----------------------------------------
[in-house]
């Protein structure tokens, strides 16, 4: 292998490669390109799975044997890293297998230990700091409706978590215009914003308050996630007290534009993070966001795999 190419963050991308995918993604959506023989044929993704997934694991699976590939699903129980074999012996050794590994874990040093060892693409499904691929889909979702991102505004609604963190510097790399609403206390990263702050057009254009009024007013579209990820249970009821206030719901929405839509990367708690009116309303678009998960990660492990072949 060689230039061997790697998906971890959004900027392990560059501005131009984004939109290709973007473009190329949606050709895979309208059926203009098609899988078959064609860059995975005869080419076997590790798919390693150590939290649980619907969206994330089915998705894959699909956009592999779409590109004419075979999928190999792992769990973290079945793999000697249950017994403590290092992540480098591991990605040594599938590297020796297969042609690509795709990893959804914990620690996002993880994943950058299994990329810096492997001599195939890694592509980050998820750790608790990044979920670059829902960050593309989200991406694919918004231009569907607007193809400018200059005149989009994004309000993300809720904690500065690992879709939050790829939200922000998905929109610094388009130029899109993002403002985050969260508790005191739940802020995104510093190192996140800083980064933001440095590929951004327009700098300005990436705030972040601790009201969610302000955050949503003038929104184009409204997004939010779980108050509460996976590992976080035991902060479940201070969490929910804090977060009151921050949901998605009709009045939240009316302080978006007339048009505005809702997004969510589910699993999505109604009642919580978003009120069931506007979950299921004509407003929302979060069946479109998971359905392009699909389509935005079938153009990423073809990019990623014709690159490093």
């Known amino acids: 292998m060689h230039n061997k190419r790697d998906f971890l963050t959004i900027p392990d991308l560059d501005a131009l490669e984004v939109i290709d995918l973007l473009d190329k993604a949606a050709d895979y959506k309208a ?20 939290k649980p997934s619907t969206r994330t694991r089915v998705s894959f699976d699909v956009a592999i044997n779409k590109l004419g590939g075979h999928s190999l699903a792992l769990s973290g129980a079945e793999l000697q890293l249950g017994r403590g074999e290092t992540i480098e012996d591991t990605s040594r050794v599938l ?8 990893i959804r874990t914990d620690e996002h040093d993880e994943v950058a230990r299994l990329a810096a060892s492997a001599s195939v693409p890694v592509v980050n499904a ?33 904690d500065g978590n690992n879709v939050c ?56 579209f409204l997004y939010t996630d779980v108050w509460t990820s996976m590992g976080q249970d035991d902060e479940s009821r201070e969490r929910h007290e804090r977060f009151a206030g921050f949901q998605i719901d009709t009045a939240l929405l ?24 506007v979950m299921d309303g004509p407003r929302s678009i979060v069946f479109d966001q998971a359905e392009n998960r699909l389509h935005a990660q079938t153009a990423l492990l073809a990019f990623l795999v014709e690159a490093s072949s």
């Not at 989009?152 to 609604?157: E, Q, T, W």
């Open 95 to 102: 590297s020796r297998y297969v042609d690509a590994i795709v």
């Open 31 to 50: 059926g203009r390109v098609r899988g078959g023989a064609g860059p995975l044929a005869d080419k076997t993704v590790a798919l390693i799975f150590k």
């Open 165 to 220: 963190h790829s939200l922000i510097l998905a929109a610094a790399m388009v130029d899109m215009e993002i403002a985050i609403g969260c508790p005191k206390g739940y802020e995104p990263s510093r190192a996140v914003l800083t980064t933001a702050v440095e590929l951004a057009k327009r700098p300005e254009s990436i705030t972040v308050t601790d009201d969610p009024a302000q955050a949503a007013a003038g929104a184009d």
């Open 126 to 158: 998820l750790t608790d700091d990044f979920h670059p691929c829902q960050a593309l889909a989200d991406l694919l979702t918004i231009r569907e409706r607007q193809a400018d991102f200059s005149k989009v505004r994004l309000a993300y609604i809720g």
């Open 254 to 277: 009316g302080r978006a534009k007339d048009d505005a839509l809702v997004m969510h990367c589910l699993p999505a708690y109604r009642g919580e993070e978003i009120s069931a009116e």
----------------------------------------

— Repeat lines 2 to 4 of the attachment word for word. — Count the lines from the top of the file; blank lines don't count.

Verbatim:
């Protein structure tokens, strides 16, 4: 292998490669390109799975044997890293297998230990700091409706978590215009914003308050996630007290534009993070966001795999 190419963050991308995918993604959506023989044929993704997934694991699976590939699903129980074999012996050794590994874990040093060892693409499904691929889909979702991102505004609604963190510097790399609403206390990263702050057009254009009024007013579209990820249970009821206030719901929405839509990367708690009116309303678009998960990660492990072949 060689230039061997790697998906971890959004900027392990560059501005131009984004939109290709973007473009190329949606050709895979309208059926203009098609899988078959064609860059995975005869080419076997590790798919390693150590939290649980619907969206994330089915998705894959699909956009592999779409590109004419075979999928190999792992769990973290079945793999000697249950017994403590290092992540480098591991990605040594599938590297020796297969042609690509795709990893959804914990620690996002993880994943950058299994990329810096492997001599195939890694592509980050998820750790608790990044979920670059829902960050593309989200991406694919918004231009569907607007193809400018200059005149989009994004309000993300809720904690500065690992879709939050790829939200922000998905929109610094388009130029899109993002403002985050969260508790005191739940802020995104510093190192996140800083980064933001440095590929951004327009700098300005990436705030972040601790009201969610302000955050949503003038929104184009409204997004939010779980108050509460996976590992976080035991902060479940201070969490929910804090977060009151921050949901998605009709009045939240009316302080978006007339048009505005809702997004969510589910699993999505109604009642919580978003009120069931506007979950299921004509407003929302979060069946479109998971359905392009699909389509935005079938153009990423073809990019990623014709690159490093």
């Known amino acids: 292998m060689h230039n061997k190419r790697d998906f971890l963050t959004i900027p392990d991308l560059d501005a131009l490669e984004v939109i290709d995918l973007l473009d190329k993604a949606a050709d895979y959506k309208a ?20 939290k649980p997934s619907t969206r994330t694991r089915v998705s894959f699976d699909v956009a592999i044997n779409k590109l004419g590939g075979h999928s190999l699903a792992l769990s973290g129980a079945e793999l000697q890293l249950g017994r403590g074999e290092t992540i480098e012996d591991t990605s040594r050794v599938l ?8 990893i959804r874990t914990d620690e996002h040093d993880e994943v950058a230990r299994l990329a810096a060892s492997a001599s195939v693409p890694v592509v980050n499904a ?33 904690d500065g978590n690992n879709v939050c ?56 579209f409204l997004y939010t996630d779980v108050w509460t990820s996976m590992g976080q249970d035991d902060e479940s009821r201070e969490r929910h007290e804090r977060f009151a206030g921050f949901q998605i719901d009709t009045a939240l929405l ?24 506007v979950m299921d309303g004509p407003r929302s678009i979060v069946f479109d966001q998971a359905e392009n998960r699909l389509h935005a990660q079938t153009a990423l492990l073809a990019f990623l795999v014709e690159a490093s072949s």
């Not at 989009?152 to 609604?157: E, Q, T, W």